Local people living along The Mun River and its tributaries, such as the Sebok River, hold a deep connection to the freshwater ecosystem and have longstanding traditional practices that are critical to their fishing livelihoods.
These traditions and practices have been passed down over many generations and are based on well-developed local knowledge of their environment and communities. However, due to the rapid development of hydropower in the Mekong Basin, fishing livelihoods are becoming increasingly complicated by environmental impacts to aquatic ecosystems.
Many households and communities are thus diversifying their livelihoods to survive. This thesis explores how local villagers in fishing communities on the Mun River and its tributary, the Sebok River, in Thailand, diversify their livelihoods and show resilience to the effects of hydroelectric development.
Semi-structured interviews were conducted in nine villages to collect themes and opinions on the operation of the Pak Mun Dam, a controversial dam located near the confluence of the Mekong and Mun Rivers, and its effects on communities over the past twenty-five years.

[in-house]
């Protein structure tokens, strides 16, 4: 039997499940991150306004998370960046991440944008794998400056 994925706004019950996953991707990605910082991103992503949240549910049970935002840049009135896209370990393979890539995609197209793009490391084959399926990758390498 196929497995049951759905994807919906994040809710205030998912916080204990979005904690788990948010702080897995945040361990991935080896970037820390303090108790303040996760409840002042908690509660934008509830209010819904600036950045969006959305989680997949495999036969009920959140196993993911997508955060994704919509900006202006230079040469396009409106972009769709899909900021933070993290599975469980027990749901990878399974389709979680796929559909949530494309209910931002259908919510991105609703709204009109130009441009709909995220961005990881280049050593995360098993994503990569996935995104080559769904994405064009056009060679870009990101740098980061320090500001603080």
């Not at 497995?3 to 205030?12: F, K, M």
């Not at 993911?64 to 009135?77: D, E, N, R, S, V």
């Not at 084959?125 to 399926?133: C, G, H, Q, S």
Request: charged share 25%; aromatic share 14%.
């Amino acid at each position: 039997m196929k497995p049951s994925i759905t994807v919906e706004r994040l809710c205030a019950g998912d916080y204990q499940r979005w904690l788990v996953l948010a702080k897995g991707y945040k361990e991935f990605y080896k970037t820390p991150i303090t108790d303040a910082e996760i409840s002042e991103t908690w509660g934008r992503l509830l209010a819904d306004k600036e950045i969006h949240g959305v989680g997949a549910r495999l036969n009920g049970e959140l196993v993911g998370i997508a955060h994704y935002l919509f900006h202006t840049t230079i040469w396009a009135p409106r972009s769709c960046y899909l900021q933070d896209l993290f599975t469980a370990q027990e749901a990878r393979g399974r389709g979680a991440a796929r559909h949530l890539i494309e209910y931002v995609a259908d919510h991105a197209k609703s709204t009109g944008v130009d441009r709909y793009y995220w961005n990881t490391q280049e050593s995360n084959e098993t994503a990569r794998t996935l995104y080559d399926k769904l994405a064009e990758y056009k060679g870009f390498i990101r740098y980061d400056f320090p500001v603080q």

Emerging themes from the interviews showcase the importance of fish and fishing livelihood, culture, diversifications, community and connection to the land. These themes relate to existing theory and demonstrate the importance of Traditional Knowledge, resilience and well-being.
The information presented in this thesis also showcases how Traditional Ecological Knowledge (TEK) can be utilized towards community-based resource management and community involvement in decision-making regarding hydroelectric development.
Thesis available at https://doi.org/10.7939/r3-9kwy-8738